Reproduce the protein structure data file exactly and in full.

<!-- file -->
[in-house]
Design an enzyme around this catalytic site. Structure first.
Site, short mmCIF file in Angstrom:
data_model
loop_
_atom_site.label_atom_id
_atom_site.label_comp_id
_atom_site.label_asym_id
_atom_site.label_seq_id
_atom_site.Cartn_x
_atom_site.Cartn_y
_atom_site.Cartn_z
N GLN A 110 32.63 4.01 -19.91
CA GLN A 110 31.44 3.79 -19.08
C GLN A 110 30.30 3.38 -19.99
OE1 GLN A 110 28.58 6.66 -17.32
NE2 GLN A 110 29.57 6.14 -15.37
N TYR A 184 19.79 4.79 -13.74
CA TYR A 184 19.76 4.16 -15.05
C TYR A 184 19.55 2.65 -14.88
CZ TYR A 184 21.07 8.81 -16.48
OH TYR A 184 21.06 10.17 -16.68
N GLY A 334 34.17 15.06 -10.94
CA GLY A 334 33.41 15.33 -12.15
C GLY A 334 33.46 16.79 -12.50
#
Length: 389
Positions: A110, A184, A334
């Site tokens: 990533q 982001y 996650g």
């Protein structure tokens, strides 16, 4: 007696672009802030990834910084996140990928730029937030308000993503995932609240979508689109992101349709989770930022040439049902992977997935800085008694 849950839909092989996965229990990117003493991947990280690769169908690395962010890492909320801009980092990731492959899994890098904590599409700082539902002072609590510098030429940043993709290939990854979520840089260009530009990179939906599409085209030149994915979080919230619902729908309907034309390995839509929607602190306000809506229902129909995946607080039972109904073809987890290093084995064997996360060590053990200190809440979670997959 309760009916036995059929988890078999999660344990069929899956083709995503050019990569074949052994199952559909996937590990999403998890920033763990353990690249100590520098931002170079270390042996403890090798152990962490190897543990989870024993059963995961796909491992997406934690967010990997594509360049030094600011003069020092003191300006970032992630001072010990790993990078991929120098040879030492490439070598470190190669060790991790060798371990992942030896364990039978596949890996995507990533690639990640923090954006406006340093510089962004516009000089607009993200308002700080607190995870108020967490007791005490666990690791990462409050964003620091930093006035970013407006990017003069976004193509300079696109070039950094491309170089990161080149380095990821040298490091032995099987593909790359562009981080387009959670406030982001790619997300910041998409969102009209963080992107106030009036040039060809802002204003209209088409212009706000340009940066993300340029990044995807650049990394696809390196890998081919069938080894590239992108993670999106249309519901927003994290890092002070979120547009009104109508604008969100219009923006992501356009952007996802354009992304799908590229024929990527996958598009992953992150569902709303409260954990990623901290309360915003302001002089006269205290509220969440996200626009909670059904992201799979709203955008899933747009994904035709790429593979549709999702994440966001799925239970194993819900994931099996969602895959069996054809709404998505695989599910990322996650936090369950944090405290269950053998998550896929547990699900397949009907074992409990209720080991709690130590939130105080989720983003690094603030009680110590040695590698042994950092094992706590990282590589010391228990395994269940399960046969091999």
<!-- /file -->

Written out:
[in-house]
Design an enzyme around this catalytic site. Structure first.
Site, short mmCIF file in Angstrom:
data_model
loop_
_atom_site.label_atom_id
_atom_site.label_comp_id
_atom_site.label_asym_id
_atom_site.label_seq_id
_atom_site.Cartn_x
_atom_site.Cartn_y
_atom_site.Cartn_z
N GLN A 110 32.63 4.01 -19.91
CA GLN A 110 31.44 3.79 -19.08
C GLN A 110 30.30 3.38 -19.99
OE1 GLN A 110 28.58 6.66 -17.32
NE2 GLN A 110 29.57 6.14 -15.37
N TYR A 184 19.79 4.79 -13.74
CA TYR A 184 19.76 4.16 -15.05
C TYR A 184 19.55 2.65 -14.88
CZ TYR A 184 21.07 8.81 -16.48
OH TYR A 184 21.06 10.17 -16.68
N GLY A 334 34.17 15.06 -10.94
CA GLY A 334 33.41 15.33 -12.15
C GLY A 334 33.46 16.79 -12.50
#
Length: 389
Positions: A110, A184, A334
């Site tokens: 990533q 982001y 996650g």
């Protein structure tokens, strides 16, 4: 007696672009802030990834910084996140990928730029937030308000993503995932609240979508689109992101349709989770930022040439049902992977997935800085008694 849950839909092989996965229990990117003493991947990280690769169908690395962010890492909320801009980092990731492959899994890098904590599409700082539902002072609590510098030429940043993709290939990854979520840089260009530009990179939906599409085209030149994915979080919230619902729908309907034309390995839509929607602190306000809506229902129909995946607080039972109904073809987890290093084995064997996360060590053990200190809440979670997959 309760009916036995059929988890078999999660344990069929899956083709995503050019990569074949052994199952559909996937590990999403998890920033763990353990690249100590520098931002170079270390042996403890090798152990962490190897543990989870024993059963995961796909491992997406934690967010990997594509360049030094600011003069020092003191300006970032992630001072010990790993990078991929120098040879030492490439070598470190190669060790991790060798371990992942030896364990039978596949890996995507990533690639990640923090954006406006340093510089962004516009000089607009993200308002700080607190995870108020967490007791005490666990690791990462409050964003620091930093006035970013407006990017003069976004193509300079696109070039950094491309170089990161080149380095990821040298490091032995099987593909790359562009981080387009959670406030982001790619997300910041998409969102009209963080992107106030009036040039060809802002204003209209088409212009706000340009940066993300340029990044995807650049990394696809390196890998081919069938080894590239992108993670999106249309519901927003994290890092002070979120547009009104109508604008969100219009923006992501356009952007996802354009992304799908590229024929990527996958598009992953992150569902709303409260954990990623901290309360915003302001002089006269205290509220969440996200626009909670059904992201799979709203955008899933747009994904035709790429593979549709999702994440966001799925239970194993819900994931099996969602895959069996054809709404998505695989599910990322996650936090369950944090405290269950053998998550896929547990699900397949009907074992409990209720080991709690130590939130105080989720983003690094603030009680110590040695590698042994950092094992706590990282590589010391228990395994269940399960046969091999």